Kirpal Singh was educated at District Board High School, Zira. Even as a child he was sensitive to the beauty of colours and spent his spare time watching village girls spinning and embroidering phulkaris in the courtyard of his house. Watching these girls he felt inspired and wanted to do something creative himself. In his own words "I was itching to utilize my fingers by drawing something or making some crude pictures." At that time, drawing was introduced as a subject in Class V. Kirpal Singh spent many hours copying pictures from his textbooks, with a 'G' nib.

A moving Painting of the Sikh Mothers who were forced to wreath themselves with the mangled limbs of their minced children but never let their faith be shaken up.

Kirpal Singh passed the Matriculation examination in 1939 and joined the Sanatan Dharam College at Lahore. In 1940 Kirpal Singh paid a visit to historical gurdwaras of Bhai Taru Singh, Bhai Mani Singh, Dehra Sahib and Shaheedganj in Lahore and became aware of the great sacrifices of the Sikhs. At that time, the birth anniversary of Maharaja Ranjit Singh was celebrated at Lahore. Though he was a science student, he spent much time in the study of history. He was greatly moved by the History of the Sikhs, Written by Bhai Khazan Singh. Another book, which made a deep mark on him, was Sundri, a novel by Bhai Vir Singh. After passing F. Sc. in 1941 he joined as a clerk in the Military Accounts Department in Lahore Cantonment, Mianmir. In his spare time he continued to paint landscapes and human figures in water Colours.

In 1945 he married Kuldip Kaur of Village Kadyal in Tehsil Zira. From Kuldip Kaur he has two sons and one daughter. The younger son Jarnail Singh paints and has inherited the talent of his father. On the partition of India in August 1947 Kirpal Singh settled at Jalandhar where his brother was a clerk in the Industries Department of the Punjab Government. At Jalandhar he had an opportunity to see reproductions of the paintings of the Russian artist Repin : Volga boatmen; Religious procession; and Cossacks writing a letter to the Sultan of Turkey, in the Encyclopaedia Britannica. He also became familiar with the reproductions of the paintings of the great masters of the Italian Renaissance: Michelangelo, Leonardo da Vinci, and Rubens. He was deeply influenced by the realistic technique of these great painters.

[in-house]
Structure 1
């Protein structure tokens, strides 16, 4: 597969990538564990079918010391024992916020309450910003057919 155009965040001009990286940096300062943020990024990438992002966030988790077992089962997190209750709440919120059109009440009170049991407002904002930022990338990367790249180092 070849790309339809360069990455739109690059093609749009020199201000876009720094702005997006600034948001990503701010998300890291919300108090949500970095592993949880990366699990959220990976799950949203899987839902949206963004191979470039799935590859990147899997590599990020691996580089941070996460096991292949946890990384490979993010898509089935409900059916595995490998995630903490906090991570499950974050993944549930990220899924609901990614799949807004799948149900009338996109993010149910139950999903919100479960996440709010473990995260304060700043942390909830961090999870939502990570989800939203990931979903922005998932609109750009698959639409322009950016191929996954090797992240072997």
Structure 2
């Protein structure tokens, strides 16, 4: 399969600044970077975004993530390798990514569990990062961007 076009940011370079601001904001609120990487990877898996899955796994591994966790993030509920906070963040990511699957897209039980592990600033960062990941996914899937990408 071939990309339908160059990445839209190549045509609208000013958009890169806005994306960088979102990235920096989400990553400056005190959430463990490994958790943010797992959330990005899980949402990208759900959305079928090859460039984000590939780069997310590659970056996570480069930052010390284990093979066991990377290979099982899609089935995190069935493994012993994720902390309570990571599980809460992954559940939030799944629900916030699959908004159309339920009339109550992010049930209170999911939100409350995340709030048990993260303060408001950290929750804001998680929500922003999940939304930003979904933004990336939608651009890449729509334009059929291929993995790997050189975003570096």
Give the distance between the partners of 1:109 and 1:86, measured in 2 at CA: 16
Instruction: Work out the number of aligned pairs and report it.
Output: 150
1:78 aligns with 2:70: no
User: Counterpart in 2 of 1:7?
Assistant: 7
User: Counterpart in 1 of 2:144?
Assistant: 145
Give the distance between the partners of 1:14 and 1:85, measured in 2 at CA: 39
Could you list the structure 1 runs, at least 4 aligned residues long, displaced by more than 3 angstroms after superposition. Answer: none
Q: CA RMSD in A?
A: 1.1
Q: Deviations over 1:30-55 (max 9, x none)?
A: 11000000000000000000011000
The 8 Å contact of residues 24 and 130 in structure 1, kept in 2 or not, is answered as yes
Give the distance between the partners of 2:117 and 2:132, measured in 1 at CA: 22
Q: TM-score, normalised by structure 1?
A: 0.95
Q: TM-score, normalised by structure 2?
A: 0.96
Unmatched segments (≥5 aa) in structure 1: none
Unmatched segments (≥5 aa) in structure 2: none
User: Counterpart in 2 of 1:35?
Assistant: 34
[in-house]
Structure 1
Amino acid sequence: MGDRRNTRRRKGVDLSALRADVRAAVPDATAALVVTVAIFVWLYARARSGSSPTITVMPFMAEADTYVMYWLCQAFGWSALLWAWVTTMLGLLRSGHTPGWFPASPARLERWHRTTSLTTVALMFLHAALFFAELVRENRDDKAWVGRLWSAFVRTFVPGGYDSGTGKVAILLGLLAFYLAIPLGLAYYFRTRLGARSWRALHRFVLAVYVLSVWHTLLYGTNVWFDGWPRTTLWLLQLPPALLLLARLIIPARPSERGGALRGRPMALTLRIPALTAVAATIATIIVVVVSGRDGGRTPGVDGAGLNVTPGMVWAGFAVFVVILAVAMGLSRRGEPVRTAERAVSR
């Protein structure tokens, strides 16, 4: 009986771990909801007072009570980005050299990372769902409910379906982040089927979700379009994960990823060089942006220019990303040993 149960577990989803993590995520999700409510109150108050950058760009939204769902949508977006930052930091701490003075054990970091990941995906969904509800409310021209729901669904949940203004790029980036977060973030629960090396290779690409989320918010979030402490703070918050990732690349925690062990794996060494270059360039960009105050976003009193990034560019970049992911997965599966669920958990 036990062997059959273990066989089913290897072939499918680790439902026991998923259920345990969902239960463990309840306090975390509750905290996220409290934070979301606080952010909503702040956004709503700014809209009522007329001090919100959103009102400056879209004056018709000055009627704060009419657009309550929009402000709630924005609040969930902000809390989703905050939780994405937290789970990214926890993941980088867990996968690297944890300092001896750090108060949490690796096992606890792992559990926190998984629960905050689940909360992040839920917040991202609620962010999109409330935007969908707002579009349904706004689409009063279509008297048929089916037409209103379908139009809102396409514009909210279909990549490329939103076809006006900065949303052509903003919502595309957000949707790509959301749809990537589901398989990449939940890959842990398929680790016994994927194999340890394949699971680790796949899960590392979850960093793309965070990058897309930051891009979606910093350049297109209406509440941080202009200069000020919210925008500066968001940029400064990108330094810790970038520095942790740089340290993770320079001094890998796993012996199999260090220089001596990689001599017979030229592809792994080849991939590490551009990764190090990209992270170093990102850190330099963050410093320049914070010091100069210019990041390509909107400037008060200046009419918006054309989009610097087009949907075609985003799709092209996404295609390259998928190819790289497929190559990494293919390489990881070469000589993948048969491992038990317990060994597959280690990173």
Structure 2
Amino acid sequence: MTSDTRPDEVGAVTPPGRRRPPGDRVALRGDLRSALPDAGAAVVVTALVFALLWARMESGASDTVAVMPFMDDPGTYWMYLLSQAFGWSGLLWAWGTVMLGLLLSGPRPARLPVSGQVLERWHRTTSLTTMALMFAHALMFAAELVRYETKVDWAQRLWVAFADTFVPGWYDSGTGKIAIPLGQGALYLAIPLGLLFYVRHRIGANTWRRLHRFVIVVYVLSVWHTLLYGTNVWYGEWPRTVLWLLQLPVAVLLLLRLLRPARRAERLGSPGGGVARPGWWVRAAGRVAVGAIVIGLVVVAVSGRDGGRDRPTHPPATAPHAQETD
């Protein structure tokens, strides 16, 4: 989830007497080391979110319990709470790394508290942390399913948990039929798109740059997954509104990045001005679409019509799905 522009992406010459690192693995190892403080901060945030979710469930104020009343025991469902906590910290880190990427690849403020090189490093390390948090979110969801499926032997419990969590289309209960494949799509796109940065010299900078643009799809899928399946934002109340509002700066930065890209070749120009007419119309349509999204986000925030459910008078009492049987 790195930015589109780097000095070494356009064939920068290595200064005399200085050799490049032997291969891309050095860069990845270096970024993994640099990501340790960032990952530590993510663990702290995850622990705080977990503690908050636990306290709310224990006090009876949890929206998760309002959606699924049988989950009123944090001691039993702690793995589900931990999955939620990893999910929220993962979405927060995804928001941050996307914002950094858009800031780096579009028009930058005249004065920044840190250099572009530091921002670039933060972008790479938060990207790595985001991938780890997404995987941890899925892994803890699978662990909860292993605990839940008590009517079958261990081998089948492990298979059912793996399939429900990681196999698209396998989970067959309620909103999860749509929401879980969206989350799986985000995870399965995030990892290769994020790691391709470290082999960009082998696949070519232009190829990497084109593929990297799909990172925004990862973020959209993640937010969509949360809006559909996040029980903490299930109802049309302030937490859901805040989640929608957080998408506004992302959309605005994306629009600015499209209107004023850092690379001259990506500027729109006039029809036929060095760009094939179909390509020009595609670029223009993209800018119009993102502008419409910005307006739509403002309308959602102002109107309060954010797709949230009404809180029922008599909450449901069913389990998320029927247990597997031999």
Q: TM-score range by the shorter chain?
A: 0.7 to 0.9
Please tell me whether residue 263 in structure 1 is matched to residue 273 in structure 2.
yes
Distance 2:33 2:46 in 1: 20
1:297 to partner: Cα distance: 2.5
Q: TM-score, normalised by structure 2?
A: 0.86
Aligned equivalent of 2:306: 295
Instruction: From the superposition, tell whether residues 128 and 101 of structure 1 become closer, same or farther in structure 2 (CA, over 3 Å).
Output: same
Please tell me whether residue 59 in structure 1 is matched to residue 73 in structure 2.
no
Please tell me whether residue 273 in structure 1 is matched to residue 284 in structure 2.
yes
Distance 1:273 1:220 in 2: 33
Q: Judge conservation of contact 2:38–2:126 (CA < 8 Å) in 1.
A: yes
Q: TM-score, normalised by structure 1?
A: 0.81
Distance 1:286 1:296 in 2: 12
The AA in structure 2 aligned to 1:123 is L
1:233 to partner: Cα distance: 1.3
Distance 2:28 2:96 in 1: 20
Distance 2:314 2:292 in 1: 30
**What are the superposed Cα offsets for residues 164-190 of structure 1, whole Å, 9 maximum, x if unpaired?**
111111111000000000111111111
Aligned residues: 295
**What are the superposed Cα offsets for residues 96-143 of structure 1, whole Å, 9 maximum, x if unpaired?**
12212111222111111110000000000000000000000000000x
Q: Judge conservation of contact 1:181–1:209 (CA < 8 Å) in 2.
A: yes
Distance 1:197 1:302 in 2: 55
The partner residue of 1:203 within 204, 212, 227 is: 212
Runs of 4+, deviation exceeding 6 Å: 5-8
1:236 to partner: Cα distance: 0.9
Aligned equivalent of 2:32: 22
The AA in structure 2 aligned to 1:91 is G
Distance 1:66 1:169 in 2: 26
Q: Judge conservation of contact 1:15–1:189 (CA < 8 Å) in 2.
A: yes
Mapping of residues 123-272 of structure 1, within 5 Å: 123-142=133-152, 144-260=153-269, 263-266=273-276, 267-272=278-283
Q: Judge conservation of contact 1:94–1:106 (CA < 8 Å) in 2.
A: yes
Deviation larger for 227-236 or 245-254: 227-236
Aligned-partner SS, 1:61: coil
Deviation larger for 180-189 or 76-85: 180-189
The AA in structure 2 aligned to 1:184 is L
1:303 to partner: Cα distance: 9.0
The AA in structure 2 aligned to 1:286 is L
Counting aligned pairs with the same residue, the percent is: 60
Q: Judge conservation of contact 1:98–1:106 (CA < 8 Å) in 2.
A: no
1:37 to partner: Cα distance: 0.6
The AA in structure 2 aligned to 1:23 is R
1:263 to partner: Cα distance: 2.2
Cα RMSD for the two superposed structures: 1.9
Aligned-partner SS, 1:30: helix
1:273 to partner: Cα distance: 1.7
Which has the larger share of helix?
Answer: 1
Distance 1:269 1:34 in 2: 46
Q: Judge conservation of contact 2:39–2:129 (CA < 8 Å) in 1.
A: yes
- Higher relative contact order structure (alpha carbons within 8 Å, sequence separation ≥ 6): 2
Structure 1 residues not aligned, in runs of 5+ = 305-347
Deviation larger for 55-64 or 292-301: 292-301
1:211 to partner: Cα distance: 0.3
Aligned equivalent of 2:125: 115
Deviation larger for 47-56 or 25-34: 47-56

The Sikhs were hounded and killed as if in a game

In 1952, Kirpal Singh migrated to Delhi. He earned his livelihood by designing book-covers and drawing book illustrations. Commercial art was not to his taste and in 1953 he came to Karnal and lived in the reclamation farm at Indri. In the quiet atmosphere of Indri he started painting seriously. The subjects of his paintings were women transplanting paddy, caravans of gypsies, and Guru Hargobind in Gwalior Fort.

In June 1955 he arranged the first exhibition of his paintings at Dyal Singh College, Karnal, under the patronage of Principal Sant Rain Grover. Though the paintings were appreciated by the visitors not a single one was sold. The second exhibition of his paintings was held in January 1956 at Lyallpur Khalsa College, Jalandhar, under the patronage of Principal Gurbachan Singh Talib who purchased a few paintings for the college.